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Robotics, Deployment, and Becoming CTO

I recently joined Intridea as CTO after a two-year foray into the realms of 3D printing, embedded hardware, and robotics. My time spent hacking on physical-world hardware problems was super challenging and invigorating, and has given me new perspectives on how to approach software projects. Much as I enjoyed physical hacking (and I still do), I found that my time away made me yearn for my Ruby and software roots; I was ready for a new challenge.

Jumping back into the software world at Intridea is the perfect fit for me – I could not have made a better decision or found a better company to join. In the short time I’ve been here, I’ve found my fellow Intrideans to be some of most talented engineers, UI/UX designers and project managers I’ve had the pleasure of working with.

Intridea’s full embrace of distributed development is one of this company’s most unique and compelling features. There are Intrideans all over the USA and all over the world. This allows me to remain living in my beloved Portland, OR while still interacting with a world class, world-wide team developing gorgeous web and mobile applications. Though I haven’t had the opportunity to meet all my fellow co-workers in person yet, I still have felt a very warm welcome from the team virtually through IMs, emails, and video chats.

I have several initiatives I will focus on in the coming months that I believe will help Intridea internally but will also be valuable open source contributions to the community. I’ve always been a deployment geek of sorts, and after a few-year hiatus from rubyland I am back and see that deployment is still not a fully solved issue. 😉 I’m hoping to help fix that.

Warning: I’m dropping down into deployment geek speak for the next few paragraphs!

One approach I’m excited about is a new develop / deploy-local / deploy-remote framework. The framework will use LXC linux containers to capture all of the application’s code, data, and state, and then be able to run this amalgamation either locally via Vagrant or remotely on a hosted server or cloud.

These types of container systems are all the rage lately with the release of docker.io and the warden project buried in VMWare’s CloudFoundry PaaS. Google even recently released lmctfy – “Let me Containerize That for You”.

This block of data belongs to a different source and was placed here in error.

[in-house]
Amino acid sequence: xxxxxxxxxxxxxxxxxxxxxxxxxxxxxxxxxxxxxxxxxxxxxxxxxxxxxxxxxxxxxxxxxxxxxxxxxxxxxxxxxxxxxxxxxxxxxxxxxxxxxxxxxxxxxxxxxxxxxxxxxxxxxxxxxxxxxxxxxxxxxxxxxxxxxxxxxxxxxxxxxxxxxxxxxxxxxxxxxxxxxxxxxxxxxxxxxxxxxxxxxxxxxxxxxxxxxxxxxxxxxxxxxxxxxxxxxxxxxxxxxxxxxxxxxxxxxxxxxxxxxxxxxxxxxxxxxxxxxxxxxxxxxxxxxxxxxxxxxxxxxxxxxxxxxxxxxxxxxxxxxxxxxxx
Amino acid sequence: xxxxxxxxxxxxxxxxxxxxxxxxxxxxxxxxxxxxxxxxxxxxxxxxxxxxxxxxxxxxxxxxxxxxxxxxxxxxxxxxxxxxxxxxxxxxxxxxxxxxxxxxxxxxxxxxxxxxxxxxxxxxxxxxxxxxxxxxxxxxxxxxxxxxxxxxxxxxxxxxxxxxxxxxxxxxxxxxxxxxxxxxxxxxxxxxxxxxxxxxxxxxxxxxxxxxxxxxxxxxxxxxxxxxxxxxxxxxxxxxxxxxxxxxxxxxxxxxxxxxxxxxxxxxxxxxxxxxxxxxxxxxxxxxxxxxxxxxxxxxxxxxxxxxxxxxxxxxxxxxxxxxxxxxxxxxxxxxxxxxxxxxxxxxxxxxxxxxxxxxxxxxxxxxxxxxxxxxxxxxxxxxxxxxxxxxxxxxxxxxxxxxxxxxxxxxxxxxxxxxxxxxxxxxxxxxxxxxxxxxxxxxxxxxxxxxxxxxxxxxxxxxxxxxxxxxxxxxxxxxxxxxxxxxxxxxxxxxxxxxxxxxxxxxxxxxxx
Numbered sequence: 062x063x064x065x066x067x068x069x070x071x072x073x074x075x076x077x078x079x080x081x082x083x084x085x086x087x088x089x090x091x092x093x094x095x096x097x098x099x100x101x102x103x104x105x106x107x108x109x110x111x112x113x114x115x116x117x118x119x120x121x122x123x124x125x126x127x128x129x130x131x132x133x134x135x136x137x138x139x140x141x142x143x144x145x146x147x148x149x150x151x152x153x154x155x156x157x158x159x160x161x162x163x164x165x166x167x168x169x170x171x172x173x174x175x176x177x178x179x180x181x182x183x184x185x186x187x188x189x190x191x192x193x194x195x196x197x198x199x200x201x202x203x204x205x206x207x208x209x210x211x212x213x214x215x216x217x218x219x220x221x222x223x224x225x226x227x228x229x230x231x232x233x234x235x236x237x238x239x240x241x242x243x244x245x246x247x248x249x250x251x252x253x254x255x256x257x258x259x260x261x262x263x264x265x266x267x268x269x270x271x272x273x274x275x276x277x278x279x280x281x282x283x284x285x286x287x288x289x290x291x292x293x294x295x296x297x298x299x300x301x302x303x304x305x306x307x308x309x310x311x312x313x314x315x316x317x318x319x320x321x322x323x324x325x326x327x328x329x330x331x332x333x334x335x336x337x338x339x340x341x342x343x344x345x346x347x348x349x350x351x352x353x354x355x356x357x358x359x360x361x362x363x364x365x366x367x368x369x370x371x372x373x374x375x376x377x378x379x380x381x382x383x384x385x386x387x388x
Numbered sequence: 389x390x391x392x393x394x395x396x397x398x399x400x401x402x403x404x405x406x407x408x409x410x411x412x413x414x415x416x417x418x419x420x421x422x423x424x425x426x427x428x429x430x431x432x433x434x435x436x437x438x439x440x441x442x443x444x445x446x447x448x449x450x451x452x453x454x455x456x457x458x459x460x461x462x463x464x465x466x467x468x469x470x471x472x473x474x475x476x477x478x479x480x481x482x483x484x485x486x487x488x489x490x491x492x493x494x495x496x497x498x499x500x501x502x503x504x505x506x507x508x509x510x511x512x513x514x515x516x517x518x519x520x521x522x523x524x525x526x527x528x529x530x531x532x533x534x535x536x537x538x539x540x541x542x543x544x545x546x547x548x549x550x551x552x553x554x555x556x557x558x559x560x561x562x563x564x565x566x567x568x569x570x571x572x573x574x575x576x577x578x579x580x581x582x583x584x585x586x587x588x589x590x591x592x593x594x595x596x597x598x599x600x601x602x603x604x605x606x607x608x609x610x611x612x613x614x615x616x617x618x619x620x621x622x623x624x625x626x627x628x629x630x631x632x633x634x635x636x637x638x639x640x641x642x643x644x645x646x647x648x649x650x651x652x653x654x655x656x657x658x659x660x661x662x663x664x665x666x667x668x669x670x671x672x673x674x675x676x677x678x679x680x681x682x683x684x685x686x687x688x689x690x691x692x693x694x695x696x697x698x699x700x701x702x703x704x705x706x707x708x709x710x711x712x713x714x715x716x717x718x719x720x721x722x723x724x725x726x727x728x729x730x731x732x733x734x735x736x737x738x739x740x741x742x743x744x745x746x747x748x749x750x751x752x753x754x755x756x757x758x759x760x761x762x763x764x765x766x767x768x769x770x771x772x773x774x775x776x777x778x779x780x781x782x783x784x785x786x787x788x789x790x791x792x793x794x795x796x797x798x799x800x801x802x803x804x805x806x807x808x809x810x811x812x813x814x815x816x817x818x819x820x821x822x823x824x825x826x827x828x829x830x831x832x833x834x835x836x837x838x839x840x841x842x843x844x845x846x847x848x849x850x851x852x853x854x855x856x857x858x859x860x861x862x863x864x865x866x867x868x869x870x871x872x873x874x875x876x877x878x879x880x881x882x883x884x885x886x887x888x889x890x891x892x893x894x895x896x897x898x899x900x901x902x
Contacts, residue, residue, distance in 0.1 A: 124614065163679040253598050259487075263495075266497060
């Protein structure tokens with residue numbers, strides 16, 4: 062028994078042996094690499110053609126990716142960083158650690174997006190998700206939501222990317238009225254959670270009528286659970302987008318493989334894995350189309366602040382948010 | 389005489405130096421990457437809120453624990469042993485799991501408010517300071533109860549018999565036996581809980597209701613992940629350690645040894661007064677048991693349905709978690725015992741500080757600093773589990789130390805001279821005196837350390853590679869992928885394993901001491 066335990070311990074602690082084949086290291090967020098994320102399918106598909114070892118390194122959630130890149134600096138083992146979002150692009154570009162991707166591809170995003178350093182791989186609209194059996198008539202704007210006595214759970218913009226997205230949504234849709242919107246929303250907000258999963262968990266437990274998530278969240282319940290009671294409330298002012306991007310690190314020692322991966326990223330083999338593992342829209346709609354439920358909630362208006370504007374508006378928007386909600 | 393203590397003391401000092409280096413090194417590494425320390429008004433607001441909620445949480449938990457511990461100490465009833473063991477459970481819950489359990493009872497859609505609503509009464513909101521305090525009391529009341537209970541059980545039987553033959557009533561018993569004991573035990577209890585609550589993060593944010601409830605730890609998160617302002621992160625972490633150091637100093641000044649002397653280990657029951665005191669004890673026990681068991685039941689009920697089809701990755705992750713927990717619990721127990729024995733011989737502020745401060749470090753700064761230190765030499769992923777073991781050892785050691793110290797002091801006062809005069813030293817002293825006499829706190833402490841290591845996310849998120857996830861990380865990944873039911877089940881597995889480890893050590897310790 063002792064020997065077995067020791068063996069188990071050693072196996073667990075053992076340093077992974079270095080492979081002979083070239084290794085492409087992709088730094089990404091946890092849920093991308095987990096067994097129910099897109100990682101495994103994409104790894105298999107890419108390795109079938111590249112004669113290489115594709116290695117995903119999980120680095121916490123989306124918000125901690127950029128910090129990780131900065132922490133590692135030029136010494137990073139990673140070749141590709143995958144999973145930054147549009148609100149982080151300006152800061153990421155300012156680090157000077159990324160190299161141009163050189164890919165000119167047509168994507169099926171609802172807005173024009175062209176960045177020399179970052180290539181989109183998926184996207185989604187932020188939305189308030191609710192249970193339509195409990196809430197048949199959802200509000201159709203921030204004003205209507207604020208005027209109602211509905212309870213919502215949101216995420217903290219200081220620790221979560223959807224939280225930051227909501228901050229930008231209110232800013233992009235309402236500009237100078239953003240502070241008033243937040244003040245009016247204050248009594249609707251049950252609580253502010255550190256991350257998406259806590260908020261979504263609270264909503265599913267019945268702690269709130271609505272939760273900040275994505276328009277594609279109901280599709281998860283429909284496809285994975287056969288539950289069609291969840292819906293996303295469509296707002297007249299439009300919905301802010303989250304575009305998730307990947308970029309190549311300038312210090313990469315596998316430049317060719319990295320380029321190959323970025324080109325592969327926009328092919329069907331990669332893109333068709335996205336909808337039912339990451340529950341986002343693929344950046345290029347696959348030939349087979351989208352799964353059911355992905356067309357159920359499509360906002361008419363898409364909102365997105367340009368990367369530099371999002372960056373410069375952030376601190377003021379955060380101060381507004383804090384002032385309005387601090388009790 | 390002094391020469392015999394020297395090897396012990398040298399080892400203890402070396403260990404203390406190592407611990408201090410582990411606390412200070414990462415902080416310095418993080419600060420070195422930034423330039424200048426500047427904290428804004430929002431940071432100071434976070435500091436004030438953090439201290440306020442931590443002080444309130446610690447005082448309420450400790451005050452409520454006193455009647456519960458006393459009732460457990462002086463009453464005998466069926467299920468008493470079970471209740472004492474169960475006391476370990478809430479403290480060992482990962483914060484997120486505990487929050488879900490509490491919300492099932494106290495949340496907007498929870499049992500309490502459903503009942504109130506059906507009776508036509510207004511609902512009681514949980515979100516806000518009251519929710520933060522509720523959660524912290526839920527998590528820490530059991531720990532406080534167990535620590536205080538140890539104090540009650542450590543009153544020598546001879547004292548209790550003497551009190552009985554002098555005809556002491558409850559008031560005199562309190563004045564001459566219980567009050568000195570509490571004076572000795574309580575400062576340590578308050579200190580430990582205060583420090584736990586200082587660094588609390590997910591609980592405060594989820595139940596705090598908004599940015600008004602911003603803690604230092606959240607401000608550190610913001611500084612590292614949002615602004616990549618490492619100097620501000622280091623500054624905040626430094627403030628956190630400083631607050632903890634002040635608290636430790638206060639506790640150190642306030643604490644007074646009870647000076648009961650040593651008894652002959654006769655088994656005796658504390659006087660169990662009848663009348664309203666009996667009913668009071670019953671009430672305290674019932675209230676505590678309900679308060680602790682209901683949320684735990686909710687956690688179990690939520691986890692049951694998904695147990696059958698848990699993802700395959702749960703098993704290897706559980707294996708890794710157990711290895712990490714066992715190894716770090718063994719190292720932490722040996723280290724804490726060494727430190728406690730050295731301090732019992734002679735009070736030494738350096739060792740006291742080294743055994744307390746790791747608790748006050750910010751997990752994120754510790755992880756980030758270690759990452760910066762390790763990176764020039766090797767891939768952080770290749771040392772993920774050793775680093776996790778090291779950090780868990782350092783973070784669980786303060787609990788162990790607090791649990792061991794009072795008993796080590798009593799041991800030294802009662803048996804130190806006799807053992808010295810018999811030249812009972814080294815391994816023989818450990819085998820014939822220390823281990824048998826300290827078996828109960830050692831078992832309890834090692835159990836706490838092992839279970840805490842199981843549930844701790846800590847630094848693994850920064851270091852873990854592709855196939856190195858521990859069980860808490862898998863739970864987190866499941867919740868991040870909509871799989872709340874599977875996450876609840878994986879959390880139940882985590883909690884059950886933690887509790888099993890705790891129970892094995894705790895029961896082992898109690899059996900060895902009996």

All three of these projects add a wrapper around LXC linux containers and the cgroups kernel feature found in newer kernels. This allows for fine-grained resource and visibility management. These are effectively “containers” for your application to run inside of and thereby be abstracted one additional layer from the underlying infrastructure.

This approach is not quite as heavy as a full-on Virtual Machine, as these containers share the kernel and userland binaries and do not pay the overhead cost of virtualized processors. These containers are more of an abstraction for managing deployment and resource allocation of multiple applications across multiple machines or machine pools.

The idea behind this approach is that by wrapping your applications and its services inside of a container abstraction, you can isolate it from other applications and users sharing the same physical or virtual host computer. This allows us to treat application deployments as black boxes that have certain resource allocation needs. These can then be packed in different ways onto a pool of physical or virtual compute resources.

Now we can apply many classic bin-packing algorithms and other optimizations at the infrastructure layer to increase efficiency and hardware utilization. Since applications see the same underlying environment whether run locally or remotely, they will run the same regardless of where they are. This allows for nifty under-the-hood tricks to optimize workloads across server pool or cloud allocation, allowing us to make the best use of compute and storage resources without the waste of unused potential.

I’ve barely scratched the surface here of this new deployment abstraction, and there’s much to be done, but I plan to follow soon with much more detail and open source code releases.

Intridea’s embrace of employee open-source contributions is one of the big reasons I came here as CTO. The challenge of solving difficult problems was another. Intridea works with some of the most interesting companies across every industry and tackles their hardest problems.

I am honored to be CTO here at Intridea, and excited about all that’s to come.

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